I'm not much of a football fan, but even I get excited for the big game! Ok, it's mostly for the commercial and the snacks, but still.  Even if I'm not all about it, my kids always are, so I created this fun pack that's perfect to use right about now! This has been in my tpt store for a while, but I don't think I ever blogged about it. Like everything I make, I tried to keep it low prep for you, but high interest for the kids! You can find it HERE on tpt. Here's what's included.

And now for the football freebie! This comes from my February Homework Helper pack. The pack has 20 pages that are perfect for homework. Each one follows the same format, but covers several seasonal topics. February covers Valentine's Day, Groundhog Day, President's Day, winter sports, Black History month, dental health, heart facts, and more! I've also included the a version of the set that removes the word homework, so it's suitable for use in class too. You can check out the whole pack HERE on tpt.  Snag the football page HERE for freezies!

Enjoy, my friends!
So, chances are you're freezing your tushie off right about now. Things are even cold down here in the Sunshine State - well, by our standards anyway. It's been in the 50's! So what better time to study some polar animals?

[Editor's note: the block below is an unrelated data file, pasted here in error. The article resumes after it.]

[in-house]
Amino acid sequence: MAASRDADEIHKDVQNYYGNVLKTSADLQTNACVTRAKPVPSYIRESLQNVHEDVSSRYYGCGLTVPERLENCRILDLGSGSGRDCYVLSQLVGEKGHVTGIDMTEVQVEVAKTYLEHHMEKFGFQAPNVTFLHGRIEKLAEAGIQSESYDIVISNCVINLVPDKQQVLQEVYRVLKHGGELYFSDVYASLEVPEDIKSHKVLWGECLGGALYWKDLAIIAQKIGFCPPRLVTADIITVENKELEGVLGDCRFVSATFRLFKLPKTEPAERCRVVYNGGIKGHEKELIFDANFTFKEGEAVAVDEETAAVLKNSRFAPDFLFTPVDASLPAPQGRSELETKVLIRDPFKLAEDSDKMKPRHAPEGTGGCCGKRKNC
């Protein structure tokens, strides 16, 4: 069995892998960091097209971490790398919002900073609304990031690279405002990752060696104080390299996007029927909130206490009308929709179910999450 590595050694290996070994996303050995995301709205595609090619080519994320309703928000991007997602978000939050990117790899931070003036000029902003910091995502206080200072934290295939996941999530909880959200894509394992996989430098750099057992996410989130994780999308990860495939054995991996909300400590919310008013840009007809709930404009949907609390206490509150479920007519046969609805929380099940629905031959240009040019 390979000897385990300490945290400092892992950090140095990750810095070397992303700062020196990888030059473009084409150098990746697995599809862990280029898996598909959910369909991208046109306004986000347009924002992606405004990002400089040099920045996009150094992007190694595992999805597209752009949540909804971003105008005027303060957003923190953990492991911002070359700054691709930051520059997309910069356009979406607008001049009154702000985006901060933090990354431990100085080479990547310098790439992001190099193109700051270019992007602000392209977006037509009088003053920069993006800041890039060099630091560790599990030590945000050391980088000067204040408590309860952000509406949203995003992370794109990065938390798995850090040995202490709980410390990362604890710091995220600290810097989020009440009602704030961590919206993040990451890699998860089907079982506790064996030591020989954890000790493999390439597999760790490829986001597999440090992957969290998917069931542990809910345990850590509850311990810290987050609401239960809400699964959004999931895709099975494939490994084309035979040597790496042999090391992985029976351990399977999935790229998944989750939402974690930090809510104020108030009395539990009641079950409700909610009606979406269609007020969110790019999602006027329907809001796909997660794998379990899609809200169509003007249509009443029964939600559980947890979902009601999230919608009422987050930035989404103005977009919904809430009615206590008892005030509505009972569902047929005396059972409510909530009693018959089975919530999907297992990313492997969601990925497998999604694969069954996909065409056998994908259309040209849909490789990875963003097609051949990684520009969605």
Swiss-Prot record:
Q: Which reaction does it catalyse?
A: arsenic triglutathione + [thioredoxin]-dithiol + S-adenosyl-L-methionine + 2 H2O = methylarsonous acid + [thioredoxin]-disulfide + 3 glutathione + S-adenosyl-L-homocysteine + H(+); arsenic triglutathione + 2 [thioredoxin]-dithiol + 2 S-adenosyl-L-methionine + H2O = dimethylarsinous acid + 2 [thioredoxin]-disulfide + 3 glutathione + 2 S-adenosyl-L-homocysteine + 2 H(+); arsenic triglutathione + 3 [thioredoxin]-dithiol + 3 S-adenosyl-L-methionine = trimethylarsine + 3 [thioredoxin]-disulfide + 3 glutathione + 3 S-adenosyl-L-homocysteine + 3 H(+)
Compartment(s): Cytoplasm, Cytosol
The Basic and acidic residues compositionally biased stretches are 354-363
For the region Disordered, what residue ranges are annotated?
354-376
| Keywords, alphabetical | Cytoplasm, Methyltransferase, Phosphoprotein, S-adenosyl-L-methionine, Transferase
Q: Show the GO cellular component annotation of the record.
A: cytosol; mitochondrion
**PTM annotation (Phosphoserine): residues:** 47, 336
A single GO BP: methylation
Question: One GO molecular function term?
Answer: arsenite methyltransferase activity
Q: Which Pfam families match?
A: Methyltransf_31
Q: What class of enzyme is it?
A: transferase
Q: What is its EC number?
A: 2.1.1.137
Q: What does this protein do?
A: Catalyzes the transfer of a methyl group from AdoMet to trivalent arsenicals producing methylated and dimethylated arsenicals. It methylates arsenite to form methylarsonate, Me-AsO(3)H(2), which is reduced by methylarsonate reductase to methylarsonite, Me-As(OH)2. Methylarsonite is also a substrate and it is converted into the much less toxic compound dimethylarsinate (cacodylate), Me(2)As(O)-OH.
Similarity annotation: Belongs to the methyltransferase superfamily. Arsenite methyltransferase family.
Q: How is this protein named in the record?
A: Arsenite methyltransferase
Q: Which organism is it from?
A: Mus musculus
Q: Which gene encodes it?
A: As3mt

I'm getting together with one of my blog bff's, Megan from Mrs. Wheeler's First Grade, to host a giveaway of two of our latest creations. The funny thing is that we both made these not realizing how well they would fit together. I mean they even match!

Here is Megan's informational writing pack. It's all kinds of awesome. You can check it out HERE.

Look how perfectly my Polar Pals Centers go along with it! You can see more about them HERE.

You can win both just by entering using Rafflecopter below. Giveaway ends Monday night.

Good Luck!

a Rafflecopter giveaway
So...look around. See anything different - like EVERYTHING maybe? I've had the same basic design since I started blogging a little over three years ago and although I liked it, it was just time for a change. So I turned to Michelle at 3AM Designs because I had been watching her turn out design after design that were just so unique. I have to say I was a completely picky pain in the rump about every little detail and she was super patient with me. I am in L-O-V-E. For serious, sometimes I just open my blog and look at it because it's so pretty!

As if that wasn't cool enough news, there's more! I was recently asked to be part of the very first Creative Summit at Carson Dellosa. Carson. Dellosa! I'll be traveling to the CD Headquarters later this month for a weekend of creativity with the good folks there along with Erica Bohrer, Erin Klein, Cheryl Saoud, and Anna Brantley. We've been chatting for a bit already and I'm so excited to meet them all in person. How I was chosen for this amazing opportunity with this incredible group of girls still kind of boggles my mind, but I'm ecstatic!